rabbits


Modeling and Simulation in Python

Rabbit example

Copyright 2017 Allen Downey

License: Creative Commons Attribution 4.0 International


In [1]:
# If you want the figures to appear in the notebook, 
# and you want to interact with them, use
# %matplotlib notebook

# If you want the figures to appear in the notebook, 
# and you don't want to interact with them, use
# %matplotlib inline

# If you want the figures to appear in separate windows, use
# %matplotlib qt5

# To switch from one to another, you have to select Kernel->Restart

%matplotlib inline

from modsim import *

This notebook develops a simple growth model, like the ones in Chapter 3, and uses it to demonstrate a parameter sweep.

The system we'll model is a rabbit farm. Suppose you start with an initial population of rabbits and let them breed. For simplicity, we'll assume that all rabbits are on the same breeding cycle, and we'll measure time in "seasons", where a season is the reproductive time of a rabbit.

If we provide all the food, space and other resources a rabbit might need, we expect the number of new rabbits each season to be proportional to the current population, controlled by a parameter, birth_rate, that represents the number of new rabbits per existing rabbit, per season. As a starting place, I'll assume birth_rate = 0.9.

Sadly, during each season, some proportion of the rabbits die. In a detailed model, we might keep track of each rabbit's age, because the chance of dying is probably highest for young and old rabbits, and lowest in between. But for simplicity, we'll model the death process with a single parameter, death_rate, that represent the number of deaths per rabbit per season. As a starting place, I'll assume death_rate = 0.5.

Here's a system object that contains these parameters as well as:

  • The initial population, p0,
  • The initial time, t0, and
  • The duration of the simulation, t_end, measured in seasons.

In [2]:
system = System(t0 = 0, 
                t_end = 10,
                p0 = 10,
                birth_rate = 0.9,
                death_rate = 0.5)

system


Out[2]:
value
t0 0.0
t_end 10.0
p0 10.0
birth_rate 0.9
death_rate 0.5

Here's a version of run_simulation, similar to the one in Chapter 3, with both births and deaths proportional to the current population.


In [3]:
def run_simulation(system):
    """Runs a proportional growth model.
    
    Adds TimeSeries to `system` as `results`.
    
    system: System object with t0, t_end, p0,
            birth_rate and death_rate
    """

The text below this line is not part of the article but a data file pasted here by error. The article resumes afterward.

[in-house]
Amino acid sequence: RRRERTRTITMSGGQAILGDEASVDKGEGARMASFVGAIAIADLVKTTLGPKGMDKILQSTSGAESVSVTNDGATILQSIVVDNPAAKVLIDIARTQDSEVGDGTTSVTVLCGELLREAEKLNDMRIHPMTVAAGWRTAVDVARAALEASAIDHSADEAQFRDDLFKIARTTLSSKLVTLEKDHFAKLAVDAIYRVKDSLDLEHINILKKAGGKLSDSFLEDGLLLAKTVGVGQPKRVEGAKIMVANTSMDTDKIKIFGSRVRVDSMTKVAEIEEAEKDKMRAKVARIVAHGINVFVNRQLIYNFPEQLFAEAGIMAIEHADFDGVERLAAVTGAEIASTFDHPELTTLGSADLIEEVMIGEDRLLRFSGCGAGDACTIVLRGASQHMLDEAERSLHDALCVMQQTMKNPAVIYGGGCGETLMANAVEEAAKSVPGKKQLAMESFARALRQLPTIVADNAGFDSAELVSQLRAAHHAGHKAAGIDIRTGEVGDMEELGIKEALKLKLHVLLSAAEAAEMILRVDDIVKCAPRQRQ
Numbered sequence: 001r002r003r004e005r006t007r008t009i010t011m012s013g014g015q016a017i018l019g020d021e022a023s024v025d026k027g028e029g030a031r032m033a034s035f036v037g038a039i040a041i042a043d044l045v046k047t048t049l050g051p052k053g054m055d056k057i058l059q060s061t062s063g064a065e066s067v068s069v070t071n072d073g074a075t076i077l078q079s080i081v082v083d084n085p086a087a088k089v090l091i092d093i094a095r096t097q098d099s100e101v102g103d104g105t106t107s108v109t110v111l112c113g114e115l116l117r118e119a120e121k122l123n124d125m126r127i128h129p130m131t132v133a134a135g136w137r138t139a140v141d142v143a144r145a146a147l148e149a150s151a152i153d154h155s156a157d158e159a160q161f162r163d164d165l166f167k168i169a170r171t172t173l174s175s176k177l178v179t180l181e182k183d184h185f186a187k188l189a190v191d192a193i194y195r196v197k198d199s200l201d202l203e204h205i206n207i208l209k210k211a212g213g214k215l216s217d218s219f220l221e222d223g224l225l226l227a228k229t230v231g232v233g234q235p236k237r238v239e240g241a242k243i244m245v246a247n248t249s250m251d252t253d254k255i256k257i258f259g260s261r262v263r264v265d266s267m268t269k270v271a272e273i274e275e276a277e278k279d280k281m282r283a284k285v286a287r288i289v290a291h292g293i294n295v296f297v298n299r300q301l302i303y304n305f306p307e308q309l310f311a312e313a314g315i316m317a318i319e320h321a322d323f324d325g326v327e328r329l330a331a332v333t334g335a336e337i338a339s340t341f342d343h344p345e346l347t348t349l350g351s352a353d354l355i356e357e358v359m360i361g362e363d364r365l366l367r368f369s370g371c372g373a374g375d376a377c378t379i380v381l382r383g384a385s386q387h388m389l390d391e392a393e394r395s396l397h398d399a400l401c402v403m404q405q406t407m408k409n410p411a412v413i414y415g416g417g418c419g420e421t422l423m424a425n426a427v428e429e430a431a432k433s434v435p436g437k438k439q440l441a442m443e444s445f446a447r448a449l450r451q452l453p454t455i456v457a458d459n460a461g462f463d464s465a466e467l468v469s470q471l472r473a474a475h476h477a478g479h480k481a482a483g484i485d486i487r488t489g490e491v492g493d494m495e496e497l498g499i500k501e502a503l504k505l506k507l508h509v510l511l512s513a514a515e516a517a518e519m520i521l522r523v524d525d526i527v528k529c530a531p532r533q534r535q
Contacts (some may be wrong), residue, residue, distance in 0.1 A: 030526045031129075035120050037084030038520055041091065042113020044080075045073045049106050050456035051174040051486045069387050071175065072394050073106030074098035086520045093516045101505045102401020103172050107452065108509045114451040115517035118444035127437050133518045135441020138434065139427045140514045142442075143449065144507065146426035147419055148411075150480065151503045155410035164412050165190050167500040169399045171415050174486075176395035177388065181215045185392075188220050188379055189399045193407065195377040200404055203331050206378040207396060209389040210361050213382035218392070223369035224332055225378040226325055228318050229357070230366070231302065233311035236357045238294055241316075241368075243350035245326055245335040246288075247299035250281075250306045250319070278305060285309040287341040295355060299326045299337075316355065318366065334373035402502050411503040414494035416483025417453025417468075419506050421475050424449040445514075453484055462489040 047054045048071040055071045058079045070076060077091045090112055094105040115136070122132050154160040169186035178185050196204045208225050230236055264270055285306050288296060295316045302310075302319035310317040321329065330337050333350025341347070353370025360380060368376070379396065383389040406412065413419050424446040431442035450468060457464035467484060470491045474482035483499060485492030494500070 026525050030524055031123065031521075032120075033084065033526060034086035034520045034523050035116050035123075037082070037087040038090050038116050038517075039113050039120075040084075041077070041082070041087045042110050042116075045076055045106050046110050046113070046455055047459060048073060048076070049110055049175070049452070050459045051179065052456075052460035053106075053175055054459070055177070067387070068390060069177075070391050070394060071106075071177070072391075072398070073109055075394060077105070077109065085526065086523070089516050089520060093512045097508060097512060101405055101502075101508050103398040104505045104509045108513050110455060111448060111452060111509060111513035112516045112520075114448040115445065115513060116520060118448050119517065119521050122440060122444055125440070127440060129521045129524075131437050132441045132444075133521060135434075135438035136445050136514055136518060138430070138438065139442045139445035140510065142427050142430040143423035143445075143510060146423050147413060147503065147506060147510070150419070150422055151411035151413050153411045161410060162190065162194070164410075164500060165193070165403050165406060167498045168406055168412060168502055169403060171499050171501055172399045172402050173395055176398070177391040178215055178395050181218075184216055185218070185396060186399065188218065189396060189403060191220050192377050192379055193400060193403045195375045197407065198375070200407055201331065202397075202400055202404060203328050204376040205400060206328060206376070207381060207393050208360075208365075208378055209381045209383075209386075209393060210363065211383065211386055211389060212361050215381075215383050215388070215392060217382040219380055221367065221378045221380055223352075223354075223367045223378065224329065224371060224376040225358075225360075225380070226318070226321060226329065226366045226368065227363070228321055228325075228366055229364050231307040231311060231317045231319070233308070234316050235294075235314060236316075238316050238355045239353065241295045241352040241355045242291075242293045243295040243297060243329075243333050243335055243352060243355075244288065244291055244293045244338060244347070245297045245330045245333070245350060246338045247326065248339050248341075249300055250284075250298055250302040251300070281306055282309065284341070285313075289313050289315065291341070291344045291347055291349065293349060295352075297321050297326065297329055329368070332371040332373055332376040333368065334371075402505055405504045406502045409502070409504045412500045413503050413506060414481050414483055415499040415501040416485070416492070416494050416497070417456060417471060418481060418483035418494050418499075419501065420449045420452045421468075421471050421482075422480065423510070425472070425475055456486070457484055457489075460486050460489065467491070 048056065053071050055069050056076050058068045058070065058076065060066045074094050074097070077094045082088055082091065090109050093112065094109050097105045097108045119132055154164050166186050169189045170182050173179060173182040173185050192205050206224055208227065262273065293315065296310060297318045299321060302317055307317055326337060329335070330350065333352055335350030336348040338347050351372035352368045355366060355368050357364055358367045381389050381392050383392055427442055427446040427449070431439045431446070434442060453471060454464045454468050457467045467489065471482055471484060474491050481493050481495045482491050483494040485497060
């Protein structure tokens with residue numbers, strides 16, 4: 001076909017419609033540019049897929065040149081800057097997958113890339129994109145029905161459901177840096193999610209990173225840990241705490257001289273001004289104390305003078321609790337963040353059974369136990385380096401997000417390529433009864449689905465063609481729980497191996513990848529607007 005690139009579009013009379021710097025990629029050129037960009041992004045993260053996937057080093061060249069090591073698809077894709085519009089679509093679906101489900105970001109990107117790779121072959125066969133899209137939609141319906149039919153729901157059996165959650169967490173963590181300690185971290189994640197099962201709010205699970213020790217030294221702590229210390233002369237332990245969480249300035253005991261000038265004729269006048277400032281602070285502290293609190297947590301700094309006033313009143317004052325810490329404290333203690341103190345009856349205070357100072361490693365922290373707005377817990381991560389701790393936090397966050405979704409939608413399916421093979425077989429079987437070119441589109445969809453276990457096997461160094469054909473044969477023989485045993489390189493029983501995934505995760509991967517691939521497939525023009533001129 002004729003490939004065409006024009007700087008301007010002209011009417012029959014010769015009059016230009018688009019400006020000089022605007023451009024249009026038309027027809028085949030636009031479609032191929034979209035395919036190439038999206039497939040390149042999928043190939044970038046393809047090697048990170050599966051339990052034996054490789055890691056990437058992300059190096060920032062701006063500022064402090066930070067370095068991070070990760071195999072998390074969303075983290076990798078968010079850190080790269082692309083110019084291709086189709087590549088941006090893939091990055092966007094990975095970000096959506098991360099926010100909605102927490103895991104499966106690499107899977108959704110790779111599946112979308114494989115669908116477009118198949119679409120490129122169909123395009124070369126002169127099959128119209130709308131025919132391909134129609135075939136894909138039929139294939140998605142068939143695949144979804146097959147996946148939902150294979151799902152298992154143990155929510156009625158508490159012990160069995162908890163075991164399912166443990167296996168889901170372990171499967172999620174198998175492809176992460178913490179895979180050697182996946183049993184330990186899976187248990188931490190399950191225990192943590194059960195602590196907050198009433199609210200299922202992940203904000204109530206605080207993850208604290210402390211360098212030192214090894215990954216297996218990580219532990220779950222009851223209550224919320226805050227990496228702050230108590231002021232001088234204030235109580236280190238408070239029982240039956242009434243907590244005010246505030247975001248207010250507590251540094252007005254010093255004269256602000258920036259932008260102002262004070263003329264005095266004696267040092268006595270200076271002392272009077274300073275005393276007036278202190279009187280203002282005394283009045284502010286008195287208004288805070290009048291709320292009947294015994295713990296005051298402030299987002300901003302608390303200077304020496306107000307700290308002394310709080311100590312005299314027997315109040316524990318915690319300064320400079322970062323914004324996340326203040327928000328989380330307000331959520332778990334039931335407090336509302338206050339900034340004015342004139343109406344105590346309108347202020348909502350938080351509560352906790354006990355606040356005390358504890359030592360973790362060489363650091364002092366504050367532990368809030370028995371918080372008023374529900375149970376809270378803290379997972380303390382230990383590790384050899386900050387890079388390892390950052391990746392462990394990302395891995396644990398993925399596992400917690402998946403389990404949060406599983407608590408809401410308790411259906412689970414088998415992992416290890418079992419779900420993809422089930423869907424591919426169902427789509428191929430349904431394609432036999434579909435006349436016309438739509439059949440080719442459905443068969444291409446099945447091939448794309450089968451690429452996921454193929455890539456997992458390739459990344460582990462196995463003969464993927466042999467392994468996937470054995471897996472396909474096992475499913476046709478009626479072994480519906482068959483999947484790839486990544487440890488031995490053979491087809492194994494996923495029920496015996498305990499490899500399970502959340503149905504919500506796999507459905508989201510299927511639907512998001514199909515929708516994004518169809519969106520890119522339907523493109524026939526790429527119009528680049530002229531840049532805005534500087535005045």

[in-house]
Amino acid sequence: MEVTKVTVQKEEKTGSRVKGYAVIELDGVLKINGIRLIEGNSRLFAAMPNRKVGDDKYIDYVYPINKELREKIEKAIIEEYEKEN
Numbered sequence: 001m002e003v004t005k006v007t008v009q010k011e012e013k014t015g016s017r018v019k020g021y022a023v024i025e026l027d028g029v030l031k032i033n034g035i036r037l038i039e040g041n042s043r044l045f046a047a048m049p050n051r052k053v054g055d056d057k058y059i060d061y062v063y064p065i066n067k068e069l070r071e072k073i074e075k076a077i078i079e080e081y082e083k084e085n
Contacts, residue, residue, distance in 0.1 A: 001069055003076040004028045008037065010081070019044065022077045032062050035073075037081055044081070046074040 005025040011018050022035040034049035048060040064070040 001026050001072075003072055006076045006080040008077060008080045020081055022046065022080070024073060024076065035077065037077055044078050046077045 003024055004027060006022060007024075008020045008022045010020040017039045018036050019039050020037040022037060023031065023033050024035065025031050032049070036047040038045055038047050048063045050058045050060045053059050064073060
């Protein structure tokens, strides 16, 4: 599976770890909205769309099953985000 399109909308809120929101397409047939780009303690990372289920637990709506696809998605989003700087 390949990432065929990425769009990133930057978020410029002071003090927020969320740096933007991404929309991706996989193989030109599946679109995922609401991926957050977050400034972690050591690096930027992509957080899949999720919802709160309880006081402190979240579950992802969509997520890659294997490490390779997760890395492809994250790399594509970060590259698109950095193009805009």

results = TimeSeries()
    results[system.t0] = system.p0
    for t in linrange(system.t0, system.t_end):
        births = system.birth_rate * results[t]
        deaths = system.death_rate * results[t]
        results[t+1] = results[t] + births - deaths
    system.results = results

Now we can run the simulation and display the results:


In [4]:
run_simulation(system)
system.results


Out[4]:
value
0 10.000000
1 14.000000
2 19.600000
3 27.440000
4 38.416000
5 53.782400
6 75.295360
7 105.413504
8 147.578906
9 206.610468
10 289.254655
11 404.956517

Notice that the simulation actually runs one season past t_end. That's an off-by-one error that I'll fix later, but for now we don't really care.

The following function plots the results.


In [5]:
def plot_results(system, title=None):
    """Plot the estimates and the model.
    
    system: System object with `results`
    """
    newfig()
    plot(system.results, 'bo', label='rabbits')
    decorate(xlabel='Season', 
             ylabel='Rabbit population',
             title=title)

And here's how we call it.


In [6]:
plot_results(system, title='Proportional growth model')


Let's suppose our goal is to maximize the number of rabbits, so the metric we care about is the final population. We can extract it from the results like this:


In [7]:
def final_population(system):
    t_end = system.results.index[-1]
    return system.results[t_end]

And call it like this:


In [8]:
final_population(system)


Out[8]:
404.95651696640027

To explore the effect of the parameters on the results, we'll define make_system, which takes the system parameters as function parameters(!) and returns a System object:


In [9]:
def make_system(birth_rate=0.9, death_rate=0.5):
    
    system = System(t0 = 0, 
                    t_end = 10,
                    p0 = 10,
                    birth_rate = birth_rate,
                    death_rate = death_rate)
    return system

Now we can make a System, run a simulation, and extract a metric:


In [10]:
system = make_system()